90. Sullivan JC, Reitzel AM, Finnerty JR (2008) Upgrades to StellaBase facilitate medical and genetic studies on the starlet sea anemone, Nematostella vectensis. Nucleic Acids Res 36:D607–D611PubMedCrossRefGoogle Scholar
  91. Syvanen AC (2001) Genotyping single nucleotide polymorphisms. Nat Rev Genet 2:930–942PubMedCrossRefGoogle Scholar
  92. Tautz D (1989) Hypervariability of simple sequences as a general source for polymorphic DNA markers. Nucleic Acids Res 17:6463–6471PubMedCrossRefGoogle Scholar
  93. Temnykh S, DeClerck G, Lukashova A, Lipovich L, Cartinhour S, McCouch S (2001) Computational and experimental analysis of microsatellites in rice (Oryza sativa L.): frequency, length variation, transposon associations, and genetic marker potential. Genome Res 11:1441–1452PubMedCrossRefGoogle Scholar
  94. Thiel T, Michalek W, Varshney RK, Graner A (2003) Exploiting EST databases for the development and characterization of gene-derived SSR-markers in barley (Hordeum vulgare L.). Theor Appl Genet 106:411–422PubMedGoogle Scholar
  95. Tóth G, Gáspári Z, Jurka J (2000) Microsatellites in different eukaryotic genomes: survey and analysis. Genome Res 10:967–981PubMedCrossRefGoogle Scholar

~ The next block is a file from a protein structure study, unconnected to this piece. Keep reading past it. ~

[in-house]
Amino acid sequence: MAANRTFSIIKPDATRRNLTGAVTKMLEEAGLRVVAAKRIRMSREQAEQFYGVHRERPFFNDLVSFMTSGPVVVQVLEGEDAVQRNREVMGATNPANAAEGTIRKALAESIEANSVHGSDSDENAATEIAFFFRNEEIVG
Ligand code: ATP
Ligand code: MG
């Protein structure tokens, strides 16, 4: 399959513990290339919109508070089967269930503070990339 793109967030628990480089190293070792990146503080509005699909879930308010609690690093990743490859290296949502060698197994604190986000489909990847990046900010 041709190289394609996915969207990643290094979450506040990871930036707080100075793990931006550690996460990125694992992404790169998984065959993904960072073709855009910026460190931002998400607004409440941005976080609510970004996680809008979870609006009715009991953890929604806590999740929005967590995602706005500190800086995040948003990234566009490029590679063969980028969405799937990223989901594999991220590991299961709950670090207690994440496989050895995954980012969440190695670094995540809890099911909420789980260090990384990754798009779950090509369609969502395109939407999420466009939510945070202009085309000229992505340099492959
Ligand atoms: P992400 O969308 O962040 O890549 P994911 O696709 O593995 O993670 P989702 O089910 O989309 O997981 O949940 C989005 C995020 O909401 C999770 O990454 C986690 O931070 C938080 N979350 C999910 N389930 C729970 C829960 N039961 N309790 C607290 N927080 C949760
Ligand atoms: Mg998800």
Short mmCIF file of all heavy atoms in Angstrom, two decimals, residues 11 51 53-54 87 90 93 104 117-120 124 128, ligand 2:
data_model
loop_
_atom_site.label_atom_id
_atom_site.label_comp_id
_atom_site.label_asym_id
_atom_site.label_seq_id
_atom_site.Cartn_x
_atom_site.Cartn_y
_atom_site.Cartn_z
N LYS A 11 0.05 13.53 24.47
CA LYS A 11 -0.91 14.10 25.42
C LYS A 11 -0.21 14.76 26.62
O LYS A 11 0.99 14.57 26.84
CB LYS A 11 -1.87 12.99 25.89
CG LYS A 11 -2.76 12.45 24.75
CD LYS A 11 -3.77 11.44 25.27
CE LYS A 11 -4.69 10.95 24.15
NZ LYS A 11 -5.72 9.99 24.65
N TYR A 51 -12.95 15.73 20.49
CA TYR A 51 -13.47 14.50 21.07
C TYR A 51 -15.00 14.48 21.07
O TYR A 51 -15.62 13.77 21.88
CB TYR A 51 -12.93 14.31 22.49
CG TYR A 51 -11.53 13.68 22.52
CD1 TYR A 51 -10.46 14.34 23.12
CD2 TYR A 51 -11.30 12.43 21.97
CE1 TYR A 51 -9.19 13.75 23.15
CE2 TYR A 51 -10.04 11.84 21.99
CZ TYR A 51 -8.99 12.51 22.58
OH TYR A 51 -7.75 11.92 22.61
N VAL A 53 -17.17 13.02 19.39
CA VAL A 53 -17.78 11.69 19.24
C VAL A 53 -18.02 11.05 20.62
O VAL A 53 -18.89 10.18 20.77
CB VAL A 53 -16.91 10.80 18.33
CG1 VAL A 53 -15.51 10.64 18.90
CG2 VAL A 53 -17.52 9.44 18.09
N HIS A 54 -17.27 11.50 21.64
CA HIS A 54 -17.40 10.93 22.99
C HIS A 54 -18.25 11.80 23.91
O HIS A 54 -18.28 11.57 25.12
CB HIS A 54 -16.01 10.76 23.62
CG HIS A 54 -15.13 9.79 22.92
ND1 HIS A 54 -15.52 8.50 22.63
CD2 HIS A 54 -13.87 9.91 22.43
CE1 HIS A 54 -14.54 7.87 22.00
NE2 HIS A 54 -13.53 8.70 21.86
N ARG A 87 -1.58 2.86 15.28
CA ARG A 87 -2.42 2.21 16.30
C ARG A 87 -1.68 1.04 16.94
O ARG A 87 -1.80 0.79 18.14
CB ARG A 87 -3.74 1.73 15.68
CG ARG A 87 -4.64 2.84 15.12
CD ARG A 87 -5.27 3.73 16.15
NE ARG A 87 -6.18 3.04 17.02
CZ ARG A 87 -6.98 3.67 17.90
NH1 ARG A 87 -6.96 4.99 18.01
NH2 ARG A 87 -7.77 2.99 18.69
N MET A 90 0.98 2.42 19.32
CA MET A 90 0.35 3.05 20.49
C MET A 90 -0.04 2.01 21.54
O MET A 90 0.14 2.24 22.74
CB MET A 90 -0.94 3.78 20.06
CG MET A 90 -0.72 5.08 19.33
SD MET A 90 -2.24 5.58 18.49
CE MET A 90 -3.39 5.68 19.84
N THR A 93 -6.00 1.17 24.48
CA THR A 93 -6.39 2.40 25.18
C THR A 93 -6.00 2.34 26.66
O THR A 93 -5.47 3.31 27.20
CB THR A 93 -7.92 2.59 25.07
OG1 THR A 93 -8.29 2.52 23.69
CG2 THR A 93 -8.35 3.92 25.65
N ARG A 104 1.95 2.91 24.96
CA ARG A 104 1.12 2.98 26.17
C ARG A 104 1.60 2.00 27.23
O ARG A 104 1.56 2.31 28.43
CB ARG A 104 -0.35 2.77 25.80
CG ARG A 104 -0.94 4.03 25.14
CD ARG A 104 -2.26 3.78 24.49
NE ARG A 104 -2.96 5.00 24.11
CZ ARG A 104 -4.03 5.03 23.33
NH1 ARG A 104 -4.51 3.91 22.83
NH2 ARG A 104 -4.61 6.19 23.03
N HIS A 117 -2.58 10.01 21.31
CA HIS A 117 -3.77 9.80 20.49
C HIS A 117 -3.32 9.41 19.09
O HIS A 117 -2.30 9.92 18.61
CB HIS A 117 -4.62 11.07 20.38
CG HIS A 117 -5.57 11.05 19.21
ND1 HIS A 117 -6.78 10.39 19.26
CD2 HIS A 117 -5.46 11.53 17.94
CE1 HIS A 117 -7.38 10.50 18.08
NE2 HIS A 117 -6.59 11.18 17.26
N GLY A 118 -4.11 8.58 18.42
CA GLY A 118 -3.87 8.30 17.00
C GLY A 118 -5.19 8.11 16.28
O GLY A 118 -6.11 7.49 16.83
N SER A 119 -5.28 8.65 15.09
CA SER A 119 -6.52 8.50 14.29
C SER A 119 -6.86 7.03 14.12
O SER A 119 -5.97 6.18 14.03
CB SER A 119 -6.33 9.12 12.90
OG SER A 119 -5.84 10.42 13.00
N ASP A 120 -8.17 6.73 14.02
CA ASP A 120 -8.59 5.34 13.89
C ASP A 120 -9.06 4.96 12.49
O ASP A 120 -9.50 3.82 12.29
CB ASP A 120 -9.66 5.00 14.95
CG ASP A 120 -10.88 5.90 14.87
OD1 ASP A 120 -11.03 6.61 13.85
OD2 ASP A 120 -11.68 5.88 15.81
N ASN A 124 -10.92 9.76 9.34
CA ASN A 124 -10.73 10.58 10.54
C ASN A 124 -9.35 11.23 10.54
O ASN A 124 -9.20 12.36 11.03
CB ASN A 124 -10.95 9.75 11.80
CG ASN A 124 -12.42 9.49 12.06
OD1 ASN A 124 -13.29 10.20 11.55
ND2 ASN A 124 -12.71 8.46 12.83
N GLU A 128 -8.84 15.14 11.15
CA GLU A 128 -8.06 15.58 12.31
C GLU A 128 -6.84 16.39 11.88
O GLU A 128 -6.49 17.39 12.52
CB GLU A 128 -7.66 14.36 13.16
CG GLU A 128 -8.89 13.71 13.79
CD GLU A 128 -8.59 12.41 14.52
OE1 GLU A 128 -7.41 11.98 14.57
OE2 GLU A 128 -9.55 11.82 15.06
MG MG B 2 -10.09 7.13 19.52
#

96. Van Ooijen JW, Voorrips RE (2001) JoinMap® 3.0, software for calculation of genetic linkage maps. Plant Research International, WageningenGoogle Scholar
  97. Volfovsky N, Haas BJ, Salzberg SL (2001) A clustering method for repeat analysis in DNA sequences. Genome Biol 2(8):RESEARCH0027PubMedCrossRefGoogle Scholar
  98. von Stackelberg M, Rensing SA, Reski R (2006) Identification of genic moss SSR markers and a comparative analysis of twenty-four algal and plant gene indices reveal species-specific rather than group-specific characteristics of microsatellites. BMC Plant Biol 6:9CrossRefGoogle Scholar
  99. Vos P, Hogers R, Bleeker M, Reijans M, Vandelee T, Hornes M et al (1995) AFLP – a new technique for DNA fingerprinting. Nucleic Acids Res 23:4407–4414PubMedCrossRefGoogle Scholar